The third bullet point is another basic of compliance — avoiding calls at inconvenient times. There are two classes of inconvenient times: those defined by law and those defined by the consumer. We likely have our account management system programmed to alert collectors when the inconvenient times defined by law would apply to any account they may access. Have we taken the further step to prevent calls to consumers at inconvenient times defined by the consumer? After all, the Fair Debt Collection Practices Act gives consumers this right. Once we think we have accomplished the step, how has it been audited? Are collectors heeding the warnings? Do we have other systematic controls in place to prevent calls to consumers at inconvenient times?
Issue 17 of the Supervisory Highlights reports, released in Spring 2017, doesn’t contain a section specifically related to debt collection industry examinations, but way back near the end of the report on page 26, this gem related to complaint analysis appears:
As a data-driven agency, the Bureau has prioritized detecting issues in the market that could result in risk to consumers. The Bureau has historically incorporated this information about market trends into the risk-based prioritization of examinations. To this end, the Bureau now continuously monitors spikes and trends in complaints. Our automated capability monitors the volume of consumer complaints for all companies named by consumers in complaint submissions. Our active monitoring algorithms identify short, medium, and long-term changes in complaint volumes in daily, weekly and quarterly windows. Importantly, the tool works regardless of company size, random variation, general complaint growth, and seasonality. (Emphasis added.)
If you read that quickly, read it again. How much time and effort have you put into analyzing your CFPB complaints? Can you identify short, medium, and long-term changes in your complaint volumes in daily, weekly and quarterly windows? Think that only large market participants need to be concerned about complaint analysis? Look again: Importantly, the tool works regardless of company size, random variation, general complaint growth, and seasonality.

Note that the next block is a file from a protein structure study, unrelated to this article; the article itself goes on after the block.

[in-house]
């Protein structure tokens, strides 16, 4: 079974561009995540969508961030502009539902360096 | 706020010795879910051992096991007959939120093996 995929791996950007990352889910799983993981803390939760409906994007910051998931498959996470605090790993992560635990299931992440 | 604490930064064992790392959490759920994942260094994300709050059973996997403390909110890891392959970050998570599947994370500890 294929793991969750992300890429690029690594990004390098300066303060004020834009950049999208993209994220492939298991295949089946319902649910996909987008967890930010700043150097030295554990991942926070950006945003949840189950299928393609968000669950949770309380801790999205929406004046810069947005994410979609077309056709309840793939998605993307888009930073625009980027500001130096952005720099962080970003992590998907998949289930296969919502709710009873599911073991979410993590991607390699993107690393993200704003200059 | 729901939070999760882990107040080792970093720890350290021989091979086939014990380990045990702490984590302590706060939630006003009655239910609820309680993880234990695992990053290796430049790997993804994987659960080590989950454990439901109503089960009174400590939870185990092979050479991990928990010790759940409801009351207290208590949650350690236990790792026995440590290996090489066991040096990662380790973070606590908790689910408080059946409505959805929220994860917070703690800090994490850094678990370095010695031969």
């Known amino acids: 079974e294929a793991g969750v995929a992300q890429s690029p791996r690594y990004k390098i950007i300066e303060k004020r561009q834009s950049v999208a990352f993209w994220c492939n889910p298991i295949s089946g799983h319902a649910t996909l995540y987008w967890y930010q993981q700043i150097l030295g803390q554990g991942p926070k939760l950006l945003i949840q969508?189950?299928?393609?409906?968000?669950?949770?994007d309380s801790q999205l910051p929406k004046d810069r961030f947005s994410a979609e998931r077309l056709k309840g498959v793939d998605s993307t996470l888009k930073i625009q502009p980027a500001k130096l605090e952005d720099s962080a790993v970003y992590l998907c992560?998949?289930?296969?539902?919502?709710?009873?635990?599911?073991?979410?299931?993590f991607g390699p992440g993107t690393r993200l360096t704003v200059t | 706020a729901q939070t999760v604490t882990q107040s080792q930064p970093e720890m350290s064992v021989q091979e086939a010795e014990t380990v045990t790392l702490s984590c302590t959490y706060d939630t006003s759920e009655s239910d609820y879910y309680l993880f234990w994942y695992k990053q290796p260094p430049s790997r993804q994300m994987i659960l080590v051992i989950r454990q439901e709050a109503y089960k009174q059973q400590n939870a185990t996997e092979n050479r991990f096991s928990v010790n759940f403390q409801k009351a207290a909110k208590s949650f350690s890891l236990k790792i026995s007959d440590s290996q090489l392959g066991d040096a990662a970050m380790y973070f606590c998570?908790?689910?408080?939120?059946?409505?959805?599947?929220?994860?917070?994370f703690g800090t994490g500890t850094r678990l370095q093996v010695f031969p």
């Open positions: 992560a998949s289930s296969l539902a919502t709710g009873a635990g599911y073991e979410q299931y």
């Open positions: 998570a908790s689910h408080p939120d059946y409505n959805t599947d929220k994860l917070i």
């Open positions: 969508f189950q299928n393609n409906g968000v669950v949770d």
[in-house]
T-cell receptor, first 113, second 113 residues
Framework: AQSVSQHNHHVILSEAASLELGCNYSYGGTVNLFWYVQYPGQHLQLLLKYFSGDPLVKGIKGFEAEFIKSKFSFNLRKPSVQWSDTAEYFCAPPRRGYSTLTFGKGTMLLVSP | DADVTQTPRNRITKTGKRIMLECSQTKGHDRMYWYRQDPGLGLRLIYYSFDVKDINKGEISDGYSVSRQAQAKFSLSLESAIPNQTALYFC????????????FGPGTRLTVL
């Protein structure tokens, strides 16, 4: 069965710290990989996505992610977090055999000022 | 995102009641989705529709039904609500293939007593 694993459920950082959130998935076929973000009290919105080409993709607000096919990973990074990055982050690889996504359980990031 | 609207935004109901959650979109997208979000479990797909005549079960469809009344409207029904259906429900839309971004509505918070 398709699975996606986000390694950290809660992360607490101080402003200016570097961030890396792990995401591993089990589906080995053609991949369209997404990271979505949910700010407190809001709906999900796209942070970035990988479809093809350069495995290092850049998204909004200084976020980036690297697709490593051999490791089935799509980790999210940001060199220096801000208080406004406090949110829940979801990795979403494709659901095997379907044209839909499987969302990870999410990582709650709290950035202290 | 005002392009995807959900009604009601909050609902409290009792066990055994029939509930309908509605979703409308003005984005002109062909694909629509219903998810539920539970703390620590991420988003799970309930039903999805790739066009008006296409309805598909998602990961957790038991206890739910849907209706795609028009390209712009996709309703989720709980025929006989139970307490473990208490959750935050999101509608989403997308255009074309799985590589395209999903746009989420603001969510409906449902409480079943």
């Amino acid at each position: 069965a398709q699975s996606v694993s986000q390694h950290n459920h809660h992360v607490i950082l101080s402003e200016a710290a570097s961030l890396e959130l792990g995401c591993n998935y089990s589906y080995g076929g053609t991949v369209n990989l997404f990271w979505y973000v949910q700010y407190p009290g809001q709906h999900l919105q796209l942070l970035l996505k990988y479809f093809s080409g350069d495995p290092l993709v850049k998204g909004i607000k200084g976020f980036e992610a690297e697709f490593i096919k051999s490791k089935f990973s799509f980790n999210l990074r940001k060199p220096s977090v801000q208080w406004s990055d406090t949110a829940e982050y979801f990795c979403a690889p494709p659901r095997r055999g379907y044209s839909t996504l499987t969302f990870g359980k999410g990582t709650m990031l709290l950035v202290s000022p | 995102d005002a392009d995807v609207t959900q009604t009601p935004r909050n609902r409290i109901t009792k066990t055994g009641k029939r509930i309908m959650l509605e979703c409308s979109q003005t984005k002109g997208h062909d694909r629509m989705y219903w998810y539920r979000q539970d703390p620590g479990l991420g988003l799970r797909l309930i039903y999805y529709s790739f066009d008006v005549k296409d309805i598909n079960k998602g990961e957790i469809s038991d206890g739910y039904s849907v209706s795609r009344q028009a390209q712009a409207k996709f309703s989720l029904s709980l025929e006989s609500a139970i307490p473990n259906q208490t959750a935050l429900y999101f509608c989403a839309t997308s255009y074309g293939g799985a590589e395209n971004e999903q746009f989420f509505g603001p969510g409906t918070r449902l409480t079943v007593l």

Complaint handling is one of the components of a compliance management system. I submit that complaint analysis is as important a function as complaint handling. The CFPB gives you a head start by publishing the complaint database online, here: https://data.consumerfinance.gov/ dataset/Consumer-Complaints/s6ew-h6mp. It is a large, daunting database, but the tools provided make sorting the database for your own complaints a quick and easy process. Export your complaints into a spreadsheet or other tool and look at your complaints the way the CFPB does. Sort them by issue — what stands out? Further sort by sub issue — what is there? Look at your daily, weekly, monthly, and quarterly numbers — what happened in a month in which you see a spike? Did you load a new client, or buy a portfolio that was troublesome? Did you know it was troublesome? What are your trends? What did you do about it? What are you going to do about it now that you know?
Many folks in our industry got busy and created a compliance management system back when we first learned of the CFPB’s expectations. It is time to dust off those original documents if you haven’t touched them since then. Start using your CMS documentation more like a playbook than a reference tool. It is clear that is what our regulator expects us to do.
Debra Ciskey is the Compliance Officer at Wakefield & Associates. Inc. She is a member of the board of directors and a certified instructor for ACA International.